Os cartões metálicos são atractivos para fintechs por diversas razões. O cartão metálico não só dá o “look and feel” que um cliente procura num produto, como também cria uma ligação emocional elevada onde o cliente tem a sensação de fazer parte de uma comunidade cool premium. O efeito de premiumization associado a benefícios específicos ligados à marca é a chave para uma experiência única do cliente. Os cartões metálicos são uma diferenciação que combina serviços digitais com um produto físico atractivo. Os cartões metálicos ajudam a criar um estatuto de topo de gama. Eles elevam o posicionamento da marca fintechs e a percepção que o cliente tem dela. De acordo com uma análise proprietária da CompoSecure, impulsionam volumes de transacção e gastos mais elevados, aumentam a retenção de clientes e, num círculo virtual, podem ajudar a contribuir para a aquisição de novos clientes. 

Romper o status quo

A América Latina está a seguir o exemplo das fintechs europeias, onde os casos de negócios apontam para a adopção de cartões metálicos como um motor de crescimento de negócios de êxito. As fintechs latino-americanas poderiam definir a sua própria oferta de inovação de produtos, de acordo com as suas especificidades de mercado regionais e locais e ecossistemas. O relatório do Aite Group conclui que os cartões metálicos poderiam ser um factor-chave para quebrar o status quo, especialmente numa região onde o segmento populacional de millenials é elevado, e onde a diferenciação e o “factor cool” são importantes.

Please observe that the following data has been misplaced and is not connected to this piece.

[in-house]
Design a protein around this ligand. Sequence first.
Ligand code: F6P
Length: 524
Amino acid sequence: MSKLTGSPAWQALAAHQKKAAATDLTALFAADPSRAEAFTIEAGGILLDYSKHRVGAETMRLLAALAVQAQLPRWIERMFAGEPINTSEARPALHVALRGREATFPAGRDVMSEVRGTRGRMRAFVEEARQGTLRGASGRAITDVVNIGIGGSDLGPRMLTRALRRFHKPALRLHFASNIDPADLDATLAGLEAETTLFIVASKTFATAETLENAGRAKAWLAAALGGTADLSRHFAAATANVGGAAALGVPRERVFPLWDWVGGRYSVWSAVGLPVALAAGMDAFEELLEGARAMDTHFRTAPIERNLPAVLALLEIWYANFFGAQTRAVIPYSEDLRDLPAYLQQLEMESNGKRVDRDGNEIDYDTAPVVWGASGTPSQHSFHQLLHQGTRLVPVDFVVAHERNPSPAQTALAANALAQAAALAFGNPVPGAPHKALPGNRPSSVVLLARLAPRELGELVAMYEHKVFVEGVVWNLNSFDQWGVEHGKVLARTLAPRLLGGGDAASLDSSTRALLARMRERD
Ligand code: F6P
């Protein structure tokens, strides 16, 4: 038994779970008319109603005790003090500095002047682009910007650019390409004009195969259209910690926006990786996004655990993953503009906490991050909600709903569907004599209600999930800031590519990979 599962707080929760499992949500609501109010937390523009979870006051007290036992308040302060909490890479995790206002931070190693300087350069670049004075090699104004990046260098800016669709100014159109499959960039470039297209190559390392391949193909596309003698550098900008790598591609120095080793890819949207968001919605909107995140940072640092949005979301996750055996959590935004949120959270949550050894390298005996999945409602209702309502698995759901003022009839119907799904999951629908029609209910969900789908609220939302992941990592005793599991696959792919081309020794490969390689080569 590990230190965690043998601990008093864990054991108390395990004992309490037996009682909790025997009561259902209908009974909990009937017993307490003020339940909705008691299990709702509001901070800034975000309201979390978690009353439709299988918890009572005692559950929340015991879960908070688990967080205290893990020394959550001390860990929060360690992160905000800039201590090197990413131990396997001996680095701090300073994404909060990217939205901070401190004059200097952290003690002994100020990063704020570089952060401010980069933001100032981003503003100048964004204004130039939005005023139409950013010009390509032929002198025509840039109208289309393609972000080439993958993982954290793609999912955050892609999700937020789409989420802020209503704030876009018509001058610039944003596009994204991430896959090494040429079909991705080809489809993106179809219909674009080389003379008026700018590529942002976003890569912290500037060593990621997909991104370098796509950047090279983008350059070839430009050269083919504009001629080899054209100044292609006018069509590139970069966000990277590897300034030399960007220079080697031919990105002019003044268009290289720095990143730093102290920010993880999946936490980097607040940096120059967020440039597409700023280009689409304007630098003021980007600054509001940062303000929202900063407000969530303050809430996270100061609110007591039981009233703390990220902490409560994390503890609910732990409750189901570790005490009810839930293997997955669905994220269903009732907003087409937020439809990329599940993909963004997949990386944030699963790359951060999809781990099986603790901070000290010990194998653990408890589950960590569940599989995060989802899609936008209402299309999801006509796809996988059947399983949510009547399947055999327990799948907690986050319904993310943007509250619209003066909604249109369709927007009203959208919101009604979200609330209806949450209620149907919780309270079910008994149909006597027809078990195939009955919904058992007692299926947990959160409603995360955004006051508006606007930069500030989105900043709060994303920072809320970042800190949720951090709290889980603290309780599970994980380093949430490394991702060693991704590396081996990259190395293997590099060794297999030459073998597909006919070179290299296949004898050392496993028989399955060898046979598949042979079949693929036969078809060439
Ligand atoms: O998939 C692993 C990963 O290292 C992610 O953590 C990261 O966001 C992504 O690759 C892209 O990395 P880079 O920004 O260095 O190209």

Para mais informações sobre as melhores práticas de desafios comuns no âmbito da fintech e uma visão geral da emissão de cartões metálicos, convidamo-lo a descarregar o relatório completo do Aite Group encomendado pela CompoSecure LLC “A Competitive Edge for Fintech Issuers”.

Fintech and Metal Card Opportunities in Latin America

View blog in Portuguese here.

Fintechs have spread globally over the past decade, taking root in major financial markets like the UK or the US. The Latin American fintech market was still behind compared to this worldwide trend; however, it is undeniably booming today. According to CB-Insights Research published in February 2020, the investment in fintechs in Latin America grew considerably from 2018 to 2019, and now the region is the hottest fintech marketplace. Brazil is without a doubt leading the region with the largest number of fintech companies, followed by Mexico and Colombia. The main sub-sectors in fintech are payments, digital banks (Neo-banks), loans and funding.